The vast array of mtDNA variants displayed in this study suggested that the haplogroup composition radiates signals of extensive genetic conglomeration, population admixture and demographic expansion that was equipped with diverse origin, whereas matrilineal gene pool was phylogeographically homogenous across the Punjab.

Ancient Human Migrations to and through Jammu Kashmir- India were not of Males Exclusively

High maternal diversity and phylogenetic analyses suggest that the migrations post-Pleistocene were not strictly paternal, as described in the literature, and highlight the need for an extensive study of the endogamous populations of the region to unravel many facts and find links in the peopling of India.

Historic migration to South Asia in the last two millennia: A case of Jewish and Parsi populations

In this study, a broad genetic profile of Indian Jews and Parsis is reconstructed to paint a fine-grained picture of these ethnic groups.

Between Lake Baikal and the Baltic Sea: genomic history of the gateway to Europe

This project has patched the hole in the genetic map of Eurasia by demonstrating complexity of genetic structure of Northern Eurasians, existence of East-West and North-South genetic gradients, and assessed different inputs of ancient populations into modern populations.

Contrasting maternal and paternal genetic histories among five ethnic groups from Khyber Pakhtunkhwa, Pakistan

Pakistani populations Gujars, Syeds and Yousafzais showed strong paternal genetic affinities with other Pakistani and Central Asian populations, whereas Jadoons and Tanolis had close affinITIES with Turkmen populations from Central Asia and ethnic groups from northeast India.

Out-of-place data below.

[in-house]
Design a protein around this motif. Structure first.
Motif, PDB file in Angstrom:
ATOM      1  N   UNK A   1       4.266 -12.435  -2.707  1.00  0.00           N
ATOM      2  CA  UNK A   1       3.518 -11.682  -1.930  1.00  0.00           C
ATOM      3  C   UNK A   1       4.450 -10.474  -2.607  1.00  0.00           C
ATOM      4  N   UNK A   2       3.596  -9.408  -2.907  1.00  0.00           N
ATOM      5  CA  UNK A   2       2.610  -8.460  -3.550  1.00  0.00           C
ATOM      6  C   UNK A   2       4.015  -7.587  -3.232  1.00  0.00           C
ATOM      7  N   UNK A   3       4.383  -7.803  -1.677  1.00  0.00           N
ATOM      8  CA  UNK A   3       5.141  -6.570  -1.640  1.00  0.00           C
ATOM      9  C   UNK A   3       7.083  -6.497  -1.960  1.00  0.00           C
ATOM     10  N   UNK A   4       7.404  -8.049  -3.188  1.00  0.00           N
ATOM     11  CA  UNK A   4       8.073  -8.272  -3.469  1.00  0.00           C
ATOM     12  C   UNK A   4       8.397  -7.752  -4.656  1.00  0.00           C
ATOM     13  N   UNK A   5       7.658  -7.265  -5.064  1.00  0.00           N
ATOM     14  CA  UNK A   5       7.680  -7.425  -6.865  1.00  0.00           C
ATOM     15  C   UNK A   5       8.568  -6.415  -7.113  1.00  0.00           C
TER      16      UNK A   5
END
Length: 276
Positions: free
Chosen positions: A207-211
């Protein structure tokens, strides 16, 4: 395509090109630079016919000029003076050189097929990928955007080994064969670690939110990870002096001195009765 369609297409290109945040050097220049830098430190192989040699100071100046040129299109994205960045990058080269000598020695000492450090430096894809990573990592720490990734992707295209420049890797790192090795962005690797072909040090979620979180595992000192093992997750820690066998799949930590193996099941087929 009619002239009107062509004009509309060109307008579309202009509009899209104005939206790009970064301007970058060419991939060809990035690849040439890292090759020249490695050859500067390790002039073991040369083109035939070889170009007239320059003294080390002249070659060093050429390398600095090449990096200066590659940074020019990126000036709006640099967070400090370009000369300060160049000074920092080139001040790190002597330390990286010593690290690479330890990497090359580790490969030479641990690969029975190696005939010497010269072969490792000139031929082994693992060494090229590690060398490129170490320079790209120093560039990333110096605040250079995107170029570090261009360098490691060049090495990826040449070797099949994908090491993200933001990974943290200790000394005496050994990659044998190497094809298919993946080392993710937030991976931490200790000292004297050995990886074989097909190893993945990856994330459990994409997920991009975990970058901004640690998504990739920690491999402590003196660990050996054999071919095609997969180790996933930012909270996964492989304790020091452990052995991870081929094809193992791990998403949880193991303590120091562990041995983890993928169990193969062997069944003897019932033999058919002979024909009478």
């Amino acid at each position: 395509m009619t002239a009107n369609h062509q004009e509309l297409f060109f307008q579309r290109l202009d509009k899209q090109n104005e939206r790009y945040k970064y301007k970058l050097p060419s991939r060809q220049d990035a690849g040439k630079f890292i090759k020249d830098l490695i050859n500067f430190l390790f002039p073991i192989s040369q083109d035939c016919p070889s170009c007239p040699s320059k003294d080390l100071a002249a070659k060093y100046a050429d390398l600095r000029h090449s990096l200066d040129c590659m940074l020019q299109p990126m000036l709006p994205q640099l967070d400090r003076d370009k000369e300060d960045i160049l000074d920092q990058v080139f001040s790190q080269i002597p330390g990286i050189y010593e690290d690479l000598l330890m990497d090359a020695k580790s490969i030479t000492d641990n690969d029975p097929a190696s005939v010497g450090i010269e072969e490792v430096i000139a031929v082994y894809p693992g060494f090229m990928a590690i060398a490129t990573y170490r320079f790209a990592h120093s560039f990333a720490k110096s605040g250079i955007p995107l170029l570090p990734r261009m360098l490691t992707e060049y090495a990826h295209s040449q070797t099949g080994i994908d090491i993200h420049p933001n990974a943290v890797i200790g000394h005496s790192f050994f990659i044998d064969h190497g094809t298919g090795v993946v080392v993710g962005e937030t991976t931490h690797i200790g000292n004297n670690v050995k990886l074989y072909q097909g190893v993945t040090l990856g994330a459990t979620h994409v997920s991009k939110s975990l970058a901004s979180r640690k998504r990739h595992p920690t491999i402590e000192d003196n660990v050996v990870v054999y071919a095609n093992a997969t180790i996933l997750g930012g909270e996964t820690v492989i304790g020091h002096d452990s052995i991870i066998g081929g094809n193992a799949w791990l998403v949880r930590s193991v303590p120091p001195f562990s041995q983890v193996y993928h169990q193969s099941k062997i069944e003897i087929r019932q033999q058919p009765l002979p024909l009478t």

Mitochondrial DNA diversity in the Khattak and Kheshgi of the Peshawar Valley, Pakistan

These mtDNA data allow us to begin reconstructing the origins of the Khattak and Kheshgi and describe their complex interactions with populations from the surrounding regions.

Folklore Versus Genetics: A Mitochondrial DNA Investigation About the Origin and Antiquity of the Adi Sub-tribes of Arunachal Pradesh, India

The results based on mtDNA is in agreement with Adi folklore accounts of their historical warfare conflicts and tribal feuds which resulted in their fission–fusion population structure among the Adi regional populations.

References

SHOWING 1-10 OF 47 REFERENCES

A prehistory of Indian Y chromosomes: evaluating demic diffusion scenarios.

The Y-chromosomal data consistently suggest a largely South Asian origin for Indian caste communities and therefore argue against any major influx, from regions north and west of India, of people associated either with the development of agriculture or the spread of the Indo-Aryan language family.

Population Differentiation of Southern Indian Male Lineages Correlates with Agricultural Expansions Predating the Caste System